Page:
You’ve purchased a pair of reading glasses from a chemist or service station, compared to those from an optometrist. What’s the big deal, right?
Optometry Australia’s 2020 Vision Index Report found that 12 per cent of Australians wear non-prescription glasses, which leaps to 40 per cent for non-prescription sunglasses.
It’s easy for people to lean towards the convenient and low-cost purchase of over-the-counter glasses when they feel they may need a bit of help to see better, but what exactly are the risks, or benefits? Let’s find out.
Is there a difference between over-the-counter glasses and those from an optometrist?
Yes, there are a number of differences between the two.
Glasses found in chemists or service stations are often designed to do one task only - magnify what is in front of you. These mass-produced, cheap glasses may be suitable for people who need exactly the same assistance in both eyes, but they are not made to correct long-sightedness or more complex and common eye conditions including myopia and astigmatism.
To provide optimal vision, comfort and overall eye health, several factors are crucial to take into consideration when buying glasses. These include the position of your eyes, the position of the frame, and the distance between your pupils and the lenses. When buying glasses off the shelf it is virtually impossible to meet these considerations.
Will over-the-counter glasses actually cause any harm?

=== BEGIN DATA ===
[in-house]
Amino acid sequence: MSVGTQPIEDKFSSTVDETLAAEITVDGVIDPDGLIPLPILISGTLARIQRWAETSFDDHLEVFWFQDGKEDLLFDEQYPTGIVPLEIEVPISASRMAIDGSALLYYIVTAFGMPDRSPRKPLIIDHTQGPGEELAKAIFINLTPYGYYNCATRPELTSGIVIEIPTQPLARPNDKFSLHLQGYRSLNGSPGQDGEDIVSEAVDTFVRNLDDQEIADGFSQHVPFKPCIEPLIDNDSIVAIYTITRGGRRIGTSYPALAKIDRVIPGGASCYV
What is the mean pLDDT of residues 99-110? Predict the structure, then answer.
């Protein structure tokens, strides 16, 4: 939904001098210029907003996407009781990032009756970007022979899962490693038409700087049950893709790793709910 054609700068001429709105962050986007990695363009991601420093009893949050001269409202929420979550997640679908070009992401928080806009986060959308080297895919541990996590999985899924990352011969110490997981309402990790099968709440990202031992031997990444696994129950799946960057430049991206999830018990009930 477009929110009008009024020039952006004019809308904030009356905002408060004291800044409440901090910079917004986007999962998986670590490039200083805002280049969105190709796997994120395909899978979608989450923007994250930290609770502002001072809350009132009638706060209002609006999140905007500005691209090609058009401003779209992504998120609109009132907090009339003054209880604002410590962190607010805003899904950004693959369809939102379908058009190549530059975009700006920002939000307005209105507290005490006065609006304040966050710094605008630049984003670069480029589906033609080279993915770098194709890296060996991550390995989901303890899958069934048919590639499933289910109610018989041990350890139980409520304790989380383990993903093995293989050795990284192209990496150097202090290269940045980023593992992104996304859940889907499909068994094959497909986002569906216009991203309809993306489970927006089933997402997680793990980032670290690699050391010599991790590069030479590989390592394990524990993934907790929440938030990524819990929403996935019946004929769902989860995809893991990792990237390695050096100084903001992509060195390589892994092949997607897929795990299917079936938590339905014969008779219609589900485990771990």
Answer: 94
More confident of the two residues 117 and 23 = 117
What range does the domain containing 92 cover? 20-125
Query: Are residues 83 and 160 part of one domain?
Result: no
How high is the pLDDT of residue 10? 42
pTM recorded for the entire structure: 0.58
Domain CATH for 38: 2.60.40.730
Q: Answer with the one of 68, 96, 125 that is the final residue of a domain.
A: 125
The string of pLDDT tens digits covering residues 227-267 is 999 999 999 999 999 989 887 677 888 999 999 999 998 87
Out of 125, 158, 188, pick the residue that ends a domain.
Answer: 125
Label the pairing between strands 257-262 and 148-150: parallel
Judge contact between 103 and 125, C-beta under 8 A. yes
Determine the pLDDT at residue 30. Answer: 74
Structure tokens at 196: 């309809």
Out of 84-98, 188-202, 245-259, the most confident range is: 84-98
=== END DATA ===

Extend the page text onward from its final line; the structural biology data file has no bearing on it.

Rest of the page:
Wearing over-the-counter glasses from the chemist or service station that are too strong for your eyes will likely not cause any long term damage, however they may result in a headache as discount glasses fail to accurately correct your vision. This will naturally cause discomfort to your eyes.
While 87 per cent of Australians have had their eyes examined at least once by an optometrist in their lifetime, it is alarming that 13 per cent of people have never been to one. If you are experiencing eye strain from over-the-counter glasses, screens, or general day to day activities it is important to get your eyes examined.
Tips for safe use of over-the-counter glasses
Optometry Australia advises not to purchase over-the-counter glasses, instead Australians should visit an optometrist for a recommendation on whether or not glasses are suitable for their eyes, and if so, what strength is best.
If you currently own and wear a pair of over-the-counter glasses, a stronger lens is not always better, so reconsider a lens power that allows you to read something at a comfortable distance.
Over-the-counter glasses are designed to work for reading or looking at other things up close, and if you are using them to see far away you you should visit your local optometrist to discuss this.
You also want your glasses to be in perfect condition, so it's important to examine the glasses for any bubbles or distortions within the lenses. These faults could bother your eyes, resulting in the glasses doing more harm than good.
To find an optometrist and make an appointment for an eye examination near you click here.